Deb Fontaine releases children’s book teaching sign language | News

SMITHFIELD – Deb Fontaine is still recognized in Rhode Island for the bubbly character she portrayed in her party hosting business, Polly’s Parties, decades ago. It was at one of her parties in the 90s that Fontaine met a young girl she said changed the trajectory of her life forever.

After almost 20 years of learning and teaching sign language, Fontaine has released her second book, “The Signing Kids.” The colorful pages of the book feature five diverse children who teach the sign language alphabet using quirky and fun sentences.

“I knew it had to be silly. If the kids are going to love it and learn from it, it has to be fun, ”Fontaine said.

Fontaine teamed up with artist Carlo LoRaso, who worked with Disney to illustrate “The Signing Kids.” She said it was important that the characters, children and animals alike, have bright and cheerful facial expressions to catch a young reader’s attention.

The illustrated characters in the book use arrows to indicate sign language hand movements describing an alliterated sentence for each letter in the alphabet.

Fontaine explained that not all words have corresponding sign language gestures, and some words, and people’s names, are spelled out. At the end of the book, the hand signal for each letter and number is also given.

“This book is the first in a series of ‘The Signing Kids’ books. We’re presently working on the second. I love creating them, I’m happily addicted, and, according to the fast sales, kids love reading them as much as I love writing them. The love of children laughing and learning is what teaching is all about, ”Fontaine said.

She said she plans on writing at least 10 books in the sign language series, adding more characters in the next two books. She is also publishing children’s books outside the “The Signing Kids” series, including “Clumpy the Cloud.”

“The Signing Kids” was released on Feb. 22 and has become popular among children, she said. One customer reached out to Fontaine describing how her child loves the book so much they sleep with it. Though she said she hopes one day to branch out to make the characters into dolls, she said for now signers can purchase sweatshirts and t-shirts with the choice of their two favorite characters and the purchaser’s name spelled out in sign language.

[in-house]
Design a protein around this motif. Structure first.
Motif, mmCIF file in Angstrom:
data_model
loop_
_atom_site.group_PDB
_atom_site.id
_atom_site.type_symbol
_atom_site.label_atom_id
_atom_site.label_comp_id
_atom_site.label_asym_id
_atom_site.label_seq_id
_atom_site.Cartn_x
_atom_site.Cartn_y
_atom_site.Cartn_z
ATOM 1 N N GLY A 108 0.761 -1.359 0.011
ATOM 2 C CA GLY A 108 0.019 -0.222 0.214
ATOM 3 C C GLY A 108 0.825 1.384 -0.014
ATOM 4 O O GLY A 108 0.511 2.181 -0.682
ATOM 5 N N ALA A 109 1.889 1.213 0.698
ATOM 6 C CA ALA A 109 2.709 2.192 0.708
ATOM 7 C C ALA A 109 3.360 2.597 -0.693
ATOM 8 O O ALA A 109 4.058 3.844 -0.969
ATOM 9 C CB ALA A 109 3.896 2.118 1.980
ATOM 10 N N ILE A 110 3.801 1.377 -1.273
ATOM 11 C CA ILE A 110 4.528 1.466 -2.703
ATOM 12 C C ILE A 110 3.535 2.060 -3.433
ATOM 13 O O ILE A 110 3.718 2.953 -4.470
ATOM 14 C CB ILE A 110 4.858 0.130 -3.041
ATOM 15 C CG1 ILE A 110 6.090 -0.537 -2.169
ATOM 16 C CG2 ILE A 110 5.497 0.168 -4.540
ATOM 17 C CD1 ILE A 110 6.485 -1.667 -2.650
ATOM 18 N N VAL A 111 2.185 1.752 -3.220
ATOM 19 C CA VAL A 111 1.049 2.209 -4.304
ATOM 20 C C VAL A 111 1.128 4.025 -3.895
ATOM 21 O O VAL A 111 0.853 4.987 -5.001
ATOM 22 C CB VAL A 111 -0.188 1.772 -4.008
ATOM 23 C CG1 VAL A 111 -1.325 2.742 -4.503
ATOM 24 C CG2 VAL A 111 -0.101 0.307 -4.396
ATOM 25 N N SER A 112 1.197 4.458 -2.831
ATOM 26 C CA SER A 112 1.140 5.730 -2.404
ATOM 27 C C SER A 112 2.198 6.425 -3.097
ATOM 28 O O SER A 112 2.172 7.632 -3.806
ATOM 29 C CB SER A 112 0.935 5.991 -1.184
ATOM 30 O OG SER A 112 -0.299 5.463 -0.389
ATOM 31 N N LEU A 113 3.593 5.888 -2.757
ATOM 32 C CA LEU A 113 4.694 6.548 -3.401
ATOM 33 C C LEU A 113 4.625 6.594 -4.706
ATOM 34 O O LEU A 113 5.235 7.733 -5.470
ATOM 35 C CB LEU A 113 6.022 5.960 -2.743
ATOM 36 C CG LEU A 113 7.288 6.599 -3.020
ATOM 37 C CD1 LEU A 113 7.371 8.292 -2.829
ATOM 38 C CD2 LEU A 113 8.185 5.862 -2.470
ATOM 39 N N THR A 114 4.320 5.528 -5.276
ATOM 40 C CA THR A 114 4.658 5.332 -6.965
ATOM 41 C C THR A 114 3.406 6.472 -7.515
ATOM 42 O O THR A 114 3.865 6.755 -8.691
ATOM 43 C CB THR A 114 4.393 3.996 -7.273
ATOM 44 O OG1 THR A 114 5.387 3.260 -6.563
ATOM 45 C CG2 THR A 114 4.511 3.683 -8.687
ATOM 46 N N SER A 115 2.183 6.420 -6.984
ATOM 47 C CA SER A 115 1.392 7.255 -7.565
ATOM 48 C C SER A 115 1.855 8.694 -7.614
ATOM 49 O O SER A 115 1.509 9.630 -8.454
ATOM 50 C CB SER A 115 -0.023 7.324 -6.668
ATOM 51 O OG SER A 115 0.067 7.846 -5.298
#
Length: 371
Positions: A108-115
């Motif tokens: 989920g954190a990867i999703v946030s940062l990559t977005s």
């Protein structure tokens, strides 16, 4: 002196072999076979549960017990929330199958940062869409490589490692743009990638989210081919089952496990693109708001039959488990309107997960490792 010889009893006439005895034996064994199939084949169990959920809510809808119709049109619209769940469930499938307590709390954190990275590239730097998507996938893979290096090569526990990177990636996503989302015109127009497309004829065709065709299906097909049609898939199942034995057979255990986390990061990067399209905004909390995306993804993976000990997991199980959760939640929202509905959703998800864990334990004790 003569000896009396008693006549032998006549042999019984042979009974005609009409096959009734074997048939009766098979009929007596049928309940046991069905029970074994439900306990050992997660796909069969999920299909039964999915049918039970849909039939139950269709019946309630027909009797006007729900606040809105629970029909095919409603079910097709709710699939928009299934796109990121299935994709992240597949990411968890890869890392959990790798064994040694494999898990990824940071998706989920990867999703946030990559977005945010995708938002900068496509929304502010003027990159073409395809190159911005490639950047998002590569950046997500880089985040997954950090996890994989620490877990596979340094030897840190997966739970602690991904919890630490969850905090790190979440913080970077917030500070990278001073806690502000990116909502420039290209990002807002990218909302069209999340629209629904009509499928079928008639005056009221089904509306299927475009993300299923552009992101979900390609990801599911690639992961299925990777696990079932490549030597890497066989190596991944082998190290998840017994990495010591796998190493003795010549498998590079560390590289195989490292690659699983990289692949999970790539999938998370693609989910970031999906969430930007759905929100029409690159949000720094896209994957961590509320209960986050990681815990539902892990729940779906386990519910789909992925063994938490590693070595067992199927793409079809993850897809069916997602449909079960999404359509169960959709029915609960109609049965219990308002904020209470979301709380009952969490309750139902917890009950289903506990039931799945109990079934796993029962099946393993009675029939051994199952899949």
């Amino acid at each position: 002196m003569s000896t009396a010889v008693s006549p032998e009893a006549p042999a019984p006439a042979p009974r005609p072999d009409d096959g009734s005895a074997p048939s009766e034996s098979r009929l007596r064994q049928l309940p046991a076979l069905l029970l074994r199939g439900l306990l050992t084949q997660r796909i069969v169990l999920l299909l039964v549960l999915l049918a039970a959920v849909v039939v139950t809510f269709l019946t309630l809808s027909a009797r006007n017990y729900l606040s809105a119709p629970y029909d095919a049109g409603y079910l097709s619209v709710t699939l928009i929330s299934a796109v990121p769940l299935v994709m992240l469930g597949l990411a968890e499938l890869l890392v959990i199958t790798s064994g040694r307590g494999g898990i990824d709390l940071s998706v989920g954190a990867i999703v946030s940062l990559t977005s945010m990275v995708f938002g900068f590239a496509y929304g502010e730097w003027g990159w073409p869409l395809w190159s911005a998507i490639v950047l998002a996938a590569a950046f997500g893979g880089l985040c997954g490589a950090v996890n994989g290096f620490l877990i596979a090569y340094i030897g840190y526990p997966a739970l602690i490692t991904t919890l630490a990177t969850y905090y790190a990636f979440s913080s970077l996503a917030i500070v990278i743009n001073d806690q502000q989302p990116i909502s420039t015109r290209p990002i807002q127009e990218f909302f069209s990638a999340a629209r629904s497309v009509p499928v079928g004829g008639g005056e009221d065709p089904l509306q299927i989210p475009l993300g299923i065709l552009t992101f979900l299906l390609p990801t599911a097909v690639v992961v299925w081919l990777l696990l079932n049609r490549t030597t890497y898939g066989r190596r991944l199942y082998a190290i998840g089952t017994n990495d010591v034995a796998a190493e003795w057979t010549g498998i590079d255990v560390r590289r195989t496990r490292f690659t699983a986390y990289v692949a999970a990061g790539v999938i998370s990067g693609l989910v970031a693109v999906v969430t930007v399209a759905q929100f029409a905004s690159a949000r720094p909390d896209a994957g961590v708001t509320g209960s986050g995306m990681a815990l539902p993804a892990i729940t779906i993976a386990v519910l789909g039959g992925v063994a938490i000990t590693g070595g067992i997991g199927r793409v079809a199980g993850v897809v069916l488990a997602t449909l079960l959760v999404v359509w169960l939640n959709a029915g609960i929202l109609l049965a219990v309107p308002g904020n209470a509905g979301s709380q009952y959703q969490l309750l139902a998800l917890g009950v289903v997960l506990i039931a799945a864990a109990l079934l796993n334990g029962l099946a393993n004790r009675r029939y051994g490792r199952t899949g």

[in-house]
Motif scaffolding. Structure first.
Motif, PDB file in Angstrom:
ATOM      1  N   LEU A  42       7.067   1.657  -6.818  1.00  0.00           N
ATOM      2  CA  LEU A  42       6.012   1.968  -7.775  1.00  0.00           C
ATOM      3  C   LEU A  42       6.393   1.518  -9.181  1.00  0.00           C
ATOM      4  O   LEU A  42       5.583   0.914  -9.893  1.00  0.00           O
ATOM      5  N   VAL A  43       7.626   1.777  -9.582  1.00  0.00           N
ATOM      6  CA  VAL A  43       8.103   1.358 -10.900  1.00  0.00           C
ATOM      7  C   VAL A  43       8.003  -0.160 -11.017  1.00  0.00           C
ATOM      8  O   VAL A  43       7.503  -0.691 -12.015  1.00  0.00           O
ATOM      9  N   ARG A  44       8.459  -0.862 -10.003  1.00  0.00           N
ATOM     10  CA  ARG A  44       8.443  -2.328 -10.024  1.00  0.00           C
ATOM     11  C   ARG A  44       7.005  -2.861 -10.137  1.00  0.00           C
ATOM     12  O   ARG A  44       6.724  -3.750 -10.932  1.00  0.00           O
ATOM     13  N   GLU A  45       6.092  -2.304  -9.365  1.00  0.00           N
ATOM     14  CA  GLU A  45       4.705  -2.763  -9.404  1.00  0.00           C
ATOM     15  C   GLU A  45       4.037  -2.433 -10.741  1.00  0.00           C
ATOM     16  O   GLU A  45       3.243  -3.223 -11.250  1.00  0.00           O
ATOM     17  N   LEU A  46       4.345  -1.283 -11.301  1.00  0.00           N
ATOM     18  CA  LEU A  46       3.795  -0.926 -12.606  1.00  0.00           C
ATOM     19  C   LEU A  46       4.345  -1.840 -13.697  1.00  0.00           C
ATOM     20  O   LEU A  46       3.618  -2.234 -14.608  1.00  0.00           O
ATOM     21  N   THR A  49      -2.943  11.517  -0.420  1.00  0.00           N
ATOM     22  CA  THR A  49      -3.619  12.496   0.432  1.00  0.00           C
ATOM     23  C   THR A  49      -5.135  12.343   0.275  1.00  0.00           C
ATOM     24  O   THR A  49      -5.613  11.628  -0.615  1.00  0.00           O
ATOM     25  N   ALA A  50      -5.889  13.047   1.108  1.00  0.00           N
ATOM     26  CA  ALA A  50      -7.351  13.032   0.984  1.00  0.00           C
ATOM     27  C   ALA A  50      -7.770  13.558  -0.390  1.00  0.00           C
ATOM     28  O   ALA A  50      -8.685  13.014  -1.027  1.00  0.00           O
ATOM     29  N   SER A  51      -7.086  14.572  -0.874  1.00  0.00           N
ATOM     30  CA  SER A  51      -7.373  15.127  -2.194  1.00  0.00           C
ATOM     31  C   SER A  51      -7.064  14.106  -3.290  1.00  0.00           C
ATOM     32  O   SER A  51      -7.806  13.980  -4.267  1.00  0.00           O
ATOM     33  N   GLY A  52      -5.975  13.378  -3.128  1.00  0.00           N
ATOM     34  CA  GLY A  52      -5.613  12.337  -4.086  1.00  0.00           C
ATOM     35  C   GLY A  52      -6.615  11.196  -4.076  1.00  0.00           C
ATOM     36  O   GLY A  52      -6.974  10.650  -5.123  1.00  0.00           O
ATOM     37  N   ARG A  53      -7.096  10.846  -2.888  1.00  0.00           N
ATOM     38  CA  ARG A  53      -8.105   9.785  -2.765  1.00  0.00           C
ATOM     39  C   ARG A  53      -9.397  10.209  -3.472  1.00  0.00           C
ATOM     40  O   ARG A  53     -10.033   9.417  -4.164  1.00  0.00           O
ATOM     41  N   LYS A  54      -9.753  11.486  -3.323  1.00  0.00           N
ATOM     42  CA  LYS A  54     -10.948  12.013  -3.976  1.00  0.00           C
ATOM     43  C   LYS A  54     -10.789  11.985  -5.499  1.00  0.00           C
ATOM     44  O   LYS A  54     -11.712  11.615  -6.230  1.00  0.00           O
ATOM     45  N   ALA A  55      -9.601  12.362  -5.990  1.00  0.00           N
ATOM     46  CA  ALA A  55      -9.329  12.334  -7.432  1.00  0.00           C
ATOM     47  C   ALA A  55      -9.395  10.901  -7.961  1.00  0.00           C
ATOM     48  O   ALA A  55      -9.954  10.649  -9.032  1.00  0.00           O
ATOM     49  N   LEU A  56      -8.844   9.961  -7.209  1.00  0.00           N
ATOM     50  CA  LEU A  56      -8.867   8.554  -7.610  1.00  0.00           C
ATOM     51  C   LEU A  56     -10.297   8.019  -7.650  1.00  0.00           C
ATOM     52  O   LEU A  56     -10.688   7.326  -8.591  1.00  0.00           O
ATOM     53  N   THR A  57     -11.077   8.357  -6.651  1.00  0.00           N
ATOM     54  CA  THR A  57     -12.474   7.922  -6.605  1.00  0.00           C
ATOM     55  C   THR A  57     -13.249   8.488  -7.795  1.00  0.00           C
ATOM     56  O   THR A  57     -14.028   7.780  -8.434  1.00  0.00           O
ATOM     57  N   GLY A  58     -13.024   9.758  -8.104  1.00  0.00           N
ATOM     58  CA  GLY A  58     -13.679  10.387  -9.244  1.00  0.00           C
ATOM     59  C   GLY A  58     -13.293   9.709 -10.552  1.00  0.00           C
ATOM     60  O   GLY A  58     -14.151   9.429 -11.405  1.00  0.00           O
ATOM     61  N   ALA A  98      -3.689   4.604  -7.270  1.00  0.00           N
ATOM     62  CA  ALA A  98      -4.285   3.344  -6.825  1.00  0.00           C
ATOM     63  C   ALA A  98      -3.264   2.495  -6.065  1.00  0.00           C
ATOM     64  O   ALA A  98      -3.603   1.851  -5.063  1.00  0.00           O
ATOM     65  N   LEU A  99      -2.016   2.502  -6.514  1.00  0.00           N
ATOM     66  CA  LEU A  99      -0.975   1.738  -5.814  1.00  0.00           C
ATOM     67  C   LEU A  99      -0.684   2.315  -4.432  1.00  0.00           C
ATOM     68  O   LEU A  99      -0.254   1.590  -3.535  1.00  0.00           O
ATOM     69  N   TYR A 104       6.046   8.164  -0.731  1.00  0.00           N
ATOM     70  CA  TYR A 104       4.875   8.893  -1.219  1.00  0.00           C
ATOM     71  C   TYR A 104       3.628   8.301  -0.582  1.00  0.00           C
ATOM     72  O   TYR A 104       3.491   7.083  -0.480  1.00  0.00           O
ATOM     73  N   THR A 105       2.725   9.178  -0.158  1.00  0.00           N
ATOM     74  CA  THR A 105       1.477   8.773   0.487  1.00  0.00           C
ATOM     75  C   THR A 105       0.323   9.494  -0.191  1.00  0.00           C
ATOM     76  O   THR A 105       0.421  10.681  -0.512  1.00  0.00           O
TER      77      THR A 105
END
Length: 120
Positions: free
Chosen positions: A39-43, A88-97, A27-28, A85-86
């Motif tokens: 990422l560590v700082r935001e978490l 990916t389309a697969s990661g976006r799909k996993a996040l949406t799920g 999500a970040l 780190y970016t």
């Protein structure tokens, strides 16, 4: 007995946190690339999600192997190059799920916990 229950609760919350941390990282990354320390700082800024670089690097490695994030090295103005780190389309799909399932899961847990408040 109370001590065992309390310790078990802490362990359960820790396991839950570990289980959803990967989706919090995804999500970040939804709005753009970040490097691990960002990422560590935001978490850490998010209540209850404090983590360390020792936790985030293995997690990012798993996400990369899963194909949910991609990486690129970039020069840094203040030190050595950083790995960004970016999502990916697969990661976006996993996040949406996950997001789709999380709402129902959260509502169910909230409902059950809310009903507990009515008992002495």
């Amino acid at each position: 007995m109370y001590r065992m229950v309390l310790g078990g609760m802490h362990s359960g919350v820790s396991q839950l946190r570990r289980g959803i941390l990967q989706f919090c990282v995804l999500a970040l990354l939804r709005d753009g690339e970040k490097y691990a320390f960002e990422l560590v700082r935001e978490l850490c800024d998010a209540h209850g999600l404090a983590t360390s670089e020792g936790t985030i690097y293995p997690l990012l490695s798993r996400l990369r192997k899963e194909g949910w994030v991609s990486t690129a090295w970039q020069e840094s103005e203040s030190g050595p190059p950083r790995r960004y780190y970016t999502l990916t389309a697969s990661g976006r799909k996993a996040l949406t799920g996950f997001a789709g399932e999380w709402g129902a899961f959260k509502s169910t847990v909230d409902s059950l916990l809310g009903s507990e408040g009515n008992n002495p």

“They’re adorable,” she said.

It all began when Fontaine approached the young girl with a smile and cheerful greeting, she was surprised to learn the girl was deaf. She responded in sign language that was interpreted by her mother.

“In all my years of interacting with children, I had never felt so helpless. Here was a child with a smile that lit up the room who wanted to share her thoughts and emotions with me and I had nothing to give back, ”Fontaine said.

The following month, Fontaine went back to school for sign language courses followed by classes at the Rhode Island School for the Deaf. From there, she would teach all the children at her parties how to the song “Happy Birthday,” and other simple signs.

When students returned to school after a party, teachers would see their students teaching other students how to sign. Then, teachers began reaching out to Fontaine to teach students k-6 how to sign.

“It was all a chain of events that lead me here. I couldn’t be more grateful, ”Fontaine said.

At the time, Fontaine was a single mother of four who needed a stable income that allowed her to bring her children to work, as well as be home during the week. She opened Polly’s Parties in Warwick and Smithfield, where she hosted children’s parties on Fridays, Saturdays and Sundays.

Fontaine closed Polly’s Parties and in 2006 opened a preschool, the Little Village Schoolhouse Preschool, Pre-k and Kindergarten, which she ran for 10 years. She decided to sell the schoolhouse when her in-class lessons began to take up much of her schedule. Less than a week later, her firefighter husband was poisoned by arsenic while working a house fire. Lucky to survive, Fontaine said she spends much of her time caring for him and her mother.

As a contract worker, Fontaine spent the last two years out of school and working on her book. She said she is delighted to return to teaching sign language in local schools this fall.

“I felt like these are my kids. I knew them and loved them. It was a very heavy feeling for some time. I’m ready to go back, ”Fontaine said.

“My hope is that children everywhere will learn sign language as a second language and never feel as helpless as I did so long ago as I looked into the eyes of that beautiful, smiling, signing child,” Fontaine said.


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